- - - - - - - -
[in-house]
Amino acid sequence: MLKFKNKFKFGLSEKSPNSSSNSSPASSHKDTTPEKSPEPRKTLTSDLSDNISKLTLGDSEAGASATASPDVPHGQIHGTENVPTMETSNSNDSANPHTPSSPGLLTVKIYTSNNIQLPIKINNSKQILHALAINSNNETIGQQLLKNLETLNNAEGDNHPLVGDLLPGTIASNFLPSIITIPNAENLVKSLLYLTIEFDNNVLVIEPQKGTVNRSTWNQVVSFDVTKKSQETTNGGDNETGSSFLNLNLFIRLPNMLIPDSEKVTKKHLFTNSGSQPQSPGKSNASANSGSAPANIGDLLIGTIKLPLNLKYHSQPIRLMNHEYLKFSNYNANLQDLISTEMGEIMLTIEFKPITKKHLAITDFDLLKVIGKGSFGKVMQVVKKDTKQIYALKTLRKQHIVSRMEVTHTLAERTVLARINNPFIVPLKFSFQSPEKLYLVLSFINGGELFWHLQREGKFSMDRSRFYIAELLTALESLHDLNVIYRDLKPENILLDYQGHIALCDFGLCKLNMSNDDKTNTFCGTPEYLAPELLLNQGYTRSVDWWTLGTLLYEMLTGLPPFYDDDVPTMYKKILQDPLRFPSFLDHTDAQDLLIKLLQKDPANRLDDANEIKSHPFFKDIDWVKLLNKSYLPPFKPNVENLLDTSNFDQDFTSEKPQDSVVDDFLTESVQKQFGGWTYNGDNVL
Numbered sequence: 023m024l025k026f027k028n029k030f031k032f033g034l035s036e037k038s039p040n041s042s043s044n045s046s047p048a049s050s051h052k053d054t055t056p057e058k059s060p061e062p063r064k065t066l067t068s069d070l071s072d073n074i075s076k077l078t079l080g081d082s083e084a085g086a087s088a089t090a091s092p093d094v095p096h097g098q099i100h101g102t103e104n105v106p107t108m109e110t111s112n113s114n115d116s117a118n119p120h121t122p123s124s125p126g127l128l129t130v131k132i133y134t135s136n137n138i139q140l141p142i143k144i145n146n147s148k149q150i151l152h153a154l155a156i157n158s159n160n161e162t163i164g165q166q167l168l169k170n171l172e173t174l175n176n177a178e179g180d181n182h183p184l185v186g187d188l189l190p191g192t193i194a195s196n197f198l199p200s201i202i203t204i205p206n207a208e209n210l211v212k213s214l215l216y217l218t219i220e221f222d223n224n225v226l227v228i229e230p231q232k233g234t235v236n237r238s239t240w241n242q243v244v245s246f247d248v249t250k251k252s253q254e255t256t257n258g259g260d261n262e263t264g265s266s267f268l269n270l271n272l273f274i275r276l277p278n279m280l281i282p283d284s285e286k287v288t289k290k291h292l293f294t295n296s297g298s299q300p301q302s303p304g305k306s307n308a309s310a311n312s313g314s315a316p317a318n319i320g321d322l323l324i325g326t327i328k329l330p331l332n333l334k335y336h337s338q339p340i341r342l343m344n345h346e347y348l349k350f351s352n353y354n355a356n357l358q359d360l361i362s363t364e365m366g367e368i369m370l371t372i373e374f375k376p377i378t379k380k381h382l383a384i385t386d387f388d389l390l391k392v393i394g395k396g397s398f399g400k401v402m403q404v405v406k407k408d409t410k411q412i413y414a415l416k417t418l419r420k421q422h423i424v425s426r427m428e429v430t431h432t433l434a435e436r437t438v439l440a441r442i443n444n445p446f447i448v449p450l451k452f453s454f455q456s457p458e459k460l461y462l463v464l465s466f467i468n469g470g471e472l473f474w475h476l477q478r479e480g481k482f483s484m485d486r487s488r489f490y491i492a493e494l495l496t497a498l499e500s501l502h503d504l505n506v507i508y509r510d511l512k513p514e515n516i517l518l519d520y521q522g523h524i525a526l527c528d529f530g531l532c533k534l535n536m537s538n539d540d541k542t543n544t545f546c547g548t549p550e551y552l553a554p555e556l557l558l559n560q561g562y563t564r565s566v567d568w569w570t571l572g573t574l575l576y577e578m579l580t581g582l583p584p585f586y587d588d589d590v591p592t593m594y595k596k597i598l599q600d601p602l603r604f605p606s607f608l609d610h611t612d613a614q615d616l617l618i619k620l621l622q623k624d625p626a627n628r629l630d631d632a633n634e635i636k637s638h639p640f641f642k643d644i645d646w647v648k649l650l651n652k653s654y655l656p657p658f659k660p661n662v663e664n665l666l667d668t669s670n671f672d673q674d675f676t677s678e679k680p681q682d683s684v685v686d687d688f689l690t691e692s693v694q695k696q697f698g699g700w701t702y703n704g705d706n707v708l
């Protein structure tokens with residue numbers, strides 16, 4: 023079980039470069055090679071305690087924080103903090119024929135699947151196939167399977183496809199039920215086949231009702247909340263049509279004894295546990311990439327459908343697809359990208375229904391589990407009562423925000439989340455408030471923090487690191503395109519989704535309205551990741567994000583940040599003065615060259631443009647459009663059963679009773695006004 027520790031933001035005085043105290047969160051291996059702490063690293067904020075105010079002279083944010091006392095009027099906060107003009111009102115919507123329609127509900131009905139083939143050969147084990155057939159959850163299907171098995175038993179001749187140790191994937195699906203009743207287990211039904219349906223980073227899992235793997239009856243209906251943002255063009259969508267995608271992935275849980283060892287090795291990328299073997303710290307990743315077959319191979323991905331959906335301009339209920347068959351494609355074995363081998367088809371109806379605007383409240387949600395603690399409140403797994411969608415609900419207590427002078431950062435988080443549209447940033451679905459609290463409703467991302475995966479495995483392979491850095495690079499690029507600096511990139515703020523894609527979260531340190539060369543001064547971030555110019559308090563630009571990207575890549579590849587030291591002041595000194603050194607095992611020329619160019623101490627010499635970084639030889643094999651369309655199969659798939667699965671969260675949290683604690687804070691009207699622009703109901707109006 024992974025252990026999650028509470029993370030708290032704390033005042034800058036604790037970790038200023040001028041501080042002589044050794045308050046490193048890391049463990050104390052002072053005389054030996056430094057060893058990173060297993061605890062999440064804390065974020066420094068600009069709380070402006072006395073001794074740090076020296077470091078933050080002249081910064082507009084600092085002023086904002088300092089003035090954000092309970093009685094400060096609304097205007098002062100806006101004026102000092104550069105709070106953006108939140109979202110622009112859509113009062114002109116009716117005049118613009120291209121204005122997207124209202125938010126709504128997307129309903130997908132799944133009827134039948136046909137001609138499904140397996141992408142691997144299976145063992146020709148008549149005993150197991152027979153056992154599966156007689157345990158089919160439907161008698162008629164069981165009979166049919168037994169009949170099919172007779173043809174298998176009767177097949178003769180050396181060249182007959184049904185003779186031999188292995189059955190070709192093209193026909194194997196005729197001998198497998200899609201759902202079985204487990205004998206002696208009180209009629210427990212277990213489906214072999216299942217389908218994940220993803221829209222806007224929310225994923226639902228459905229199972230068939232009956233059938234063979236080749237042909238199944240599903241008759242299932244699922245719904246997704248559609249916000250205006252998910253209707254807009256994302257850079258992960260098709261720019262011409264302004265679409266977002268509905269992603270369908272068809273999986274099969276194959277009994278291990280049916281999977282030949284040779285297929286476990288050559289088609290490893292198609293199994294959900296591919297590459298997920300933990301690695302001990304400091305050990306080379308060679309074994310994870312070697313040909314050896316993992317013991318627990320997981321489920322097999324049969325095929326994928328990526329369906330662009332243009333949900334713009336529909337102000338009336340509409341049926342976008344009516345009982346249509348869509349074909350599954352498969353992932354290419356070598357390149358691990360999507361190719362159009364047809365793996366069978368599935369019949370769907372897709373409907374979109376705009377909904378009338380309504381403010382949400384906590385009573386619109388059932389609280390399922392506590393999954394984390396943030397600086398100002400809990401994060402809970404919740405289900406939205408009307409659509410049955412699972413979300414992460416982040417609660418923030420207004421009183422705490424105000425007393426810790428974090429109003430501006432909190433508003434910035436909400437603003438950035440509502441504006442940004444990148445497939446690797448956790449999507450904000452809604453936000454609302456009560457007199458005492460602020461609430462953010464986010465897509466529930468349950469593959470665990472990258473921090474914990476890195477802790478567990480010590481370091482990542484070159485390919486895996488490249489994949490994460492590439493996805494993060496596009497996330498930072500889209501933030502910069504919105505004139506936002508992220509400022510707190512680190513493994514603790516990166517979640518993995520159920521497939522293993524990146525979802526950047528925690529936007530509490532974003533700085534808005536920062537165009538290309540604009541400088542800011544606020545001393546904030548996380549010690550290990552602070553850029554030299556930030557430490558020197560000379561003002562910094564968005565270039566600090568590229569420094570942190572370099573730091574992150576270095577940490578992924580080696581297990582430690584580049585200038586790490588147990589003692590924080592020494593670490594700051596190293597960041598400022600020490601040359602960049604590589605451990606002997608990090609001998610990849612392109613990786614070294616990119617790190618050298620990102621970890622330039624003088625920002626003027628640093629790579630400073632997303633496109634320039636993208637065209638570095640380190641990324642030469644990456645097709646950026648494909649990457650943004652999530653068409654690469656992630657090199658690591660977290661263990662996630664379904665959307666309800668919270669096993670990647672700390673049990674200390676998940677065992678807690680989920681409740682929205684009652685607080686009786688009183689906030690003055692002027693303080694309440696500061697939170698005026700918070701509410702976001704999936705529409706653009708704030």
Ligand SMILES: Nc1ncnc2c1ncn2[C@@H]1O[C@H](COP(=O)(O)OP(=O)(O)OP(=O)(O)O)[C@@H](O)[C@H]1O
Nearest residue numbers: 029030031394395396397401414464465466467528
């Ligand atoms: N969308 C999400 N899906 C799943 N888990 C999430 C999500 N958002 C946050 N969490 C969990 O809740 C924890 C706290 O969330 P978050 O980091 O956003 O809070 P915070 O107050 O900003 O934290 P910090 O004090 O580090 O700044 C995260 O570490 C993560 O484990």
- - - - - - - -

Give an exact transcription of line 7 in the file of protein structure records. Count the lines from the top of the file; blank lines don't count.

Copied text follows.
């Ligand atoms: N969308 C999400 N899906 C799943 N888990 C999430 C999500 N958002 C946050 N969490 C969990 O809740 C924890 C706290 O969330 P978050 O980091 O956003 O809070 P915070 O107050 O900003 O934290 P910090 O004090 O580090 O700044 C995260 O570490 C993560 O484990």